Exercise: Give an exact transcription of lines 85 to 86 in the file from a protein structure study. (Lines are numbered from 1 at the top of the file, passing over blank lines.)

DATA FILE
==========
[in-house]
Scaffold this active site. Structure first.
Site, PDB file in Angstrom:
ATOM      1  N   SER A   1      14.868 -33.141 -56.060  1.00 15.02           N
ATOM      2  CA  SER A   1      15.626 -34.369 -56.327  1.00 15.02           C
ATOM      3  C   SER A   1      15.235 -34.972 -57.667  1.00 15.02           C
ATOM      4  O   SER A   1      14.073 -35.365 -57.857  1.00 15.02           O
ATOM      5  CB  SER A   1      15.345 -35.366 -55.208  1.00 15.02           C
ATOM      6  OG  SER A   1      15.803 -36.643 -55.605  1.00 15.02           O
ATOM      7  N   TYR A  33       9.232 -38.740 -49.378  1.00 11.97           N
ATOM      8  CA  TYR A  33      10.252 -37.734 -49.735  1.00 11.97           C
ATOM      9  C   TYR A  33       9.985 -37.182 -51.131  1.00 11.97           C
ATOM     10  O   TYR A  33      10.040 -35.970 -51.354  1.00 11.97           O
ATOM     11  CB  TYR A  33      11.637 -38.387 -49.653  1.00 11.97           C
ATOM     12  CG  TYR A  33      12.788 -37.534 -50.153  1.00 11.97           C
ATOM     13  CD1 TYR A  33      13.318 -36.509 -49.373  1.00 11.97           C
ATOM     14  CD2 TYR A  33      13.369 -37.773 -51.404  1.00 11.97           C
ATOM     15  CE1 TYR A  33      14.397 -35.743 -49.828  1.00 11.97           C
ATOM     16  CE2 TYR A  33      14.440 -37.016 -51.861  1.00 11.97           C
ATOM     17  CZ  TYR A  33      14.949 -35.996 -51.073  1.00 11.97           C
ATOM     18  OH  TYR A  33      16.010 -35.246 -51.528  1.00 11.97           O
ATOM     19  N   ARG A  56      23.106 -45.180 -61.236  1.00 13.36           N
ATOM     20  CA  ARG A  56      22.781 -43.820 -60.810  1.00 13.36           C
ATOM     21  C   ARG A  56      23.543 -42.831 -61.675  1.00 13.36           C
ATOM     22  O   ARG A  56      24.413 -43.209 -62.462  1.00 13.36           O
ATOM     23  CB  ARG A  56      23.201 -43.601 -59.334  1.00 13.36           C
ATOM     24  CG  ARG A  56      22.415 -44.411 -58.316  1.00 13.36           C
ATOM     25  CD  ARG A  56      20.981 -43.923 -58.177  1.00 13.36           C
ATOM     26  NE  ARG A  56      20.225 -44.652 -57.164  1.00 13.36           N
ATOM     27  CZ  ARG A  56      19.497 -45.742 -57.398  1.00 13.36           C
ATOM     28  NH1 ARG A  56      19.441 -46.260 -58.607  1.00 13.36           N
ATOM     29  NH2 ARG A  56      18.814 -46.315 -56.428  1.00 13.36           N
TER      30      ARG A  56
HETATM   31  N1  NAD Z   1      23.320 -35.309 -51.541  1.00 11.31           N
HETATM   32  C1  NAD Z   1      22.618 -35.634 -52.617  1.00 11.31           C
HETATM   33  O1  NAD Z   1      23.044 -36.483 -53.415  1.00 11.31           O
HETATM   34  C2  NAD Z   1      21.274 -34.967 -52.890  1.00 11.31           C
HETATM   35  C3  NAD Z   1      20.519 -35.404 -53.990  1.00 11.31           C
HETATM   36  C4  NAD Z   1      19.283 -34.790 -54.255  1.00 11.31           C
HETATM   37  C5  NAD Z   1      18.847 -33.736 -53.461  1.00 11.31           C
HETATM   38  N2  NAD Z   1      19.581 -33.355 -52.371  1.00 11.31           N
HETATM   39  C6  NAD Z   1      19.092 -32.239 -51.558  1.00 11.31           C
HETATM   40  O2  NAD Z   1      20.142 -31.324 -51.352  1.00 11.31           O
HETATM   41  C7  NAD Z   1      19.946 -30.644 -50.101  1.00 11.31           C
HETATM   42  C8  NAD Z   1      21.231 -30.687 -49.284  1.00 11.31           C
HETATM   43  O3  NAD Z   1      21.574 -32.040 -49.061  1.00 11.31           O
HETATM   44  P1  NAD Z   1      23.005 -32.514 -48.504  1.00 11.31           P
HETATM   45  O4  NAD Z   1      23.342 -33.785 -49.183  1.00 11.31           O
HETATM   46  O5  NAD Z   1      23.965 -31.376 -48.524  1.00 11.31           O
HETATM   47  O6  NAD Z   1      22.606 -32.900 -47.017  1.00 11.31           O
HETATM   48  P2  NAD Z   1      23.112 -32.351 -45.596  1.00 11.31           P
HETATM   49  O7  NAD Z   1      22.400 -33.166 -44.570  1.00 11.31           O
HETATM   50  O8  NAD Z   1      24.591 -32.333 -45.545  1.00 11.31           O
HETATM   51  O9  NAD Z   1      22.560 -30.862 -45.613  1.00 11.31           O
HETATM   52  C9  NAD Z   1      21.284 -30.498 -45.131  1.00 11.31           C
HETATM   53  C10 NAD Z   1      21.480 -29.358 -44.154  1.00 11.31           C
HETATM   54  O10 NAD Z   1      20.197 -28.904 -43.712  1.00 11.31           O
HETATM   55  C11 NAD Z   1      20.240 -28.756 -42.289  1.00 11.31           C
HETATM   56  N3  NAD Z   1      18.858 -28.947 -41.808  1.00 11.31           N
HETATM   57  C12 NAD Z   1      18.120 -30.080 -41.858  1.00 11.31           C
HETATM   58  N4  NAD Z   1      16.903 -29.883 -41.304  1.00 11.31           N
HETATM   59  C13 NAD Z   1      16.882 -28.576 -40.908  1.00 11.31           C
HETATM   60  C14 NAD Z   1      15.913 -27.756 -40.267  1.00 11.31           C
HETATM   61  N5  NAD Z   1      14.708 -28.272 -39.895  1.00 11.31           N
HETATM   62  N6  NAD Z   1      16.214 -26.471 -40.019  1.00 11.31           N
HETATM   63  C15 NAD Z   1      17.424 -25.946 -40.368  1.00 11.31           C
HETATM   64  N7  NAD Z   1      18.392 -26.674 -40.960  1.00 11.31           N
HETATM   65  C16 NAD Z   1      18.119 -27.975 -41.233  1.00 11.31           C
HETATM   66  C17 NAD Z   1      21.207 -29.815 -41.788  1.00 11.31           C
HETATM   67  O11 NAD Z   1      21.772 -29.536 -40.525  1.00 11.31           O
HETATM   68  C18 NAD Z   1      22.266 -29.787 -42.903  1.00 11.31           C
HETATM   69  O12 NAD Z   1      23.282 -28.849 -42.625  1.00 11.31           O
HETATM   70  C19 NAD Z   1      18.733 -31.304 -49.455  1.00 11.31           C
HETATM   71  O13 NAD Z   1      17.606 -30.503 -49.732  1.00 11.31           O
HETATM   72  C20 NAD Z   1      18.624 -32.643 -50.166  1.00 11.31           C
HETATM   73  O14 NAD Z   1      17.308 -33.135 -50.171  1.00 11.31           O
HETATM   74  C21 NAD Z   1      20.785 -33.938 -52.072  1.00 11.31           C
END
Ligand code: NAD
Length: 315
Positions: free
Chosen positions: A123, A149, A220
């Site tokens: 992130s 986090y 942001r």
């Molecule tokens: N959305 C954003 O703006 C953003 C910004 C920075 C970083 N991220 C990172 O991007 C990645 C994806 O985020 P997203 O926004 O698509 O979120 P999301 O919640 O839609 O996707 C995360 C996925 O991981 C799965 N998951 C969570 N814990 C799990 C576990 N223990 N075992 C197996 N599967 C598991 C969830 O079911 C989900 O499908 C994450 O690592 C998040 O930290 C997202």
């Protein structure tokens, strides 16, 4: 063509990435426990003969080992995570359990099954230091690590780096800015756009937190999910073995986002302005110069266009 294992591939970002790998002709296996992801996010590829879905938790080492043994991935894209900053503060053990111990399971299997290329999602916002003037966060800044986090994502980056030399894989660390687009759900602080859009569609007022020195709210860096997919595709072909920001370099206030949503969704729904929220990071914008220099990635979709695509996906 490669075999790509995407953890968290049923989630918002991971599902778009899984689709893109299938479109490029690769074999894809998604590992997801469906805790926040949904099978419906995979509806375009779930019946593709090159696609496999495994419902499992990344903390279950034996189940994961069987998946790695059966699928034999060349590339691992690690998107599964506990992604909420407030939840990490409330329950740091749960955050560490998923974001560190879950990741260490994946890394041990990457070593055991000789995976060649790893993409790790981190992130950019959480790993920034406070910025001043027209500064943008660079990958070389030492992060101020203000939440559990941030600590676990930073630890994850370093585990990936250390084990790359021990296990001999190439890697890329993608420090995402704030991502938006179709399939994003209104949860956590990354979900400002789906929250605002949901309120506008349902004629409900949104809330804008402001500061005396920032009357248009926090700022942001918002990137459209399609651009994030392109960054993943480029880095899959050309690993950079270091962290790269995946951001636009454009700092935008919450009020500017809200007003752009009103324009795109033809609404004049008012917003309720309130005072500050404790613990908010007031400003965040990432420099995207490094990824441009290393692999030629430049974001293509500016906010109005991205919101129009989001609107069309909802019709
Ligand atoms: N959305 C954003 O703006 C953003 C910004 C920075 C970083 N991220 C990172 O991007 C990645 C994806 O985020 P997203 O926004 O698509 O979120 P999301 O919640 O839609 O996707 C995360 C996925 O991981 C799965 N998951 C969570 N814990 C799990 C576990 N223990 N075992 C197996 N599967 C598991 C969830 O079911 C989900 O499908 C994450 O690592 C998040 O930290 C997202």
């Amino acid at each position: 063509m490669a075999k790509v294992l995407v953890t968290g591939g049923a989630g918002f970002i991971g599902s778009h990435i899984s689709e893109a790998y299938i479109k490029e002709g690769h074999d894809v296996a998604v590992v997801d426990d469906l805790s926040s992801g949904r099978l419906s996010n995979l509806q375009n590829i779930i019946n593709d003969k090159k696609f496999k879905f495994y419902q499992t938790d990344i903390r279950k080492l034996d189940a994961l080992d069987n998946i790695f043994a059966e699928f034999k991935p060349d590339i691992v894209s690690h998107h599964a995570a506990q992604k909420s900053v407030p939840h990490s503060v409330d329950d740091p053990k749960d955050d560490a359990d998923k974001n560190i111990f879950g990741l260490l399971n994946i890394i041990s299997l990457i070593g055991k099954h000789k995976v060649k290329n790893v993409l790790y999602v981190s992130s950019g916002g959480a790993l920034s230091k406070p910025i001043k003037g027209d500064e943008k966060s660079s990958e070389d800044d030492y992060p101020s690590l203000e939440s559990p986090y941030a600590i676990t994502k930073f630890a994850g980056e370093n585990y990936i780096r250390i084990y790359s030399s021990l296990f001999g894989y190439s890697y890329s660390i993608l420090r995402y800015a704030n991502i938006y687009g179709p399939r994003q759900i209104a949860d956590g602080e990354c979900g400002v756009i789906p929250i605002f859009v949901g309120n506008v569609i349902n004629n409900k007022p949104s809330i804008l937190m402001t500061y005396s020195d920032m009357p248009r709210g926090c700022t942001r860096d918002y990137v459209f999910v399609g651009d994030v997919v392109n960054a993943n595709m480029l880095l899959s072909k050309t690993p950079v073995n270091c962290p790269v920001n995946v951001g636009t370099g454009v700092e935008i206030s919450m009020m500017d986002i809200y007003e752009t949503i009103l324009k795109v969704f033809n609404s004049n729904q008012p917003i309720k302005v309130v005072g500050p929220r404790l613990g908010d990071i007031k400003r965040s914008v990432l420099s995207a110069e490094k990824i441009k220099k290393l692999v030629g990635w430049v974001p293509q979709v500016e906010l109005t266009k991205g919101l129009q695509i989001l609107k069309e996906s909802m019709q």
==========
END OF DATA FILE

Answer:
């Protein structure tokens, strides 16, 4: 063509990435426990003969080992995570359990099954230091690590780096800015756009937190999910073995986002302005110069266009 294992591939970002790998002709296996992801996010590829879905938790080492043994991935894209900053503060053990111990399971299997290329999602916002003037966060800044986090994502980056030399894989660390687009759900602080859009569609007022020195709210860096997919595709072909920001370099206030949503969704729904929220990071914008220099990635979709695509996906 490669075999790509995407953890968290049923989630918002991971599902778009899984689709893109299938479109490029690769074999894809998604590992997801469906805790926040949904099978419906995979509806375009779930019946593709090159696609496999495994419902499992990344903390279950034996189940994961069987998946790695059966699928034999060349590339691992690690998107599964506990992604909420407030939840990490409330329950740091749960955050560490998923974001560190879950990741260490994946890394041990990457070593055991000789995976060649790893993409790790981190992130950019959480790993920034406070910025001043027209500064943008660079990958070389030492992060101020203000939440559990941030600590676990930073630890994850370093585990990936250390084990790359021990296990001999190439890697890329993608420090995402704030991502938006179709399939994003209104949860956590990354979900400002789906929250605002949901309120506008349902004629409900949104809330804008402001500061005396920032009357248009926090700022942001918002990137459209399609651009994030392109960054993943480029880095899959050309690993950079270091962290790269995946951001636009454009700092935008919450009020500017809200007003752009009103324009795109033809609404004049008012917003309720309130005072500050404790613990908010007031400003965040990432420099995207490094990824441009290393692999030629430049974001293509500016906010109005991205919101129009989001609107069309909802019709
Ligand atoms: N959305 C954003 O703006 C953003 C910004 C920075 C970083 N991220 C990172 O991007 C990645 C994806 O985020 P997203 O926004 O698509 O979120 P999301 O919640 O839609 O996707 C995360 C996925 O991981 C799965 N998951 C969570 N814990 C799990 C576990 N223990 N075992 C197996 N599967 C598991 C969830 O079911 C989900 O499908 C994450 O690592 C998040 O930290 C997202």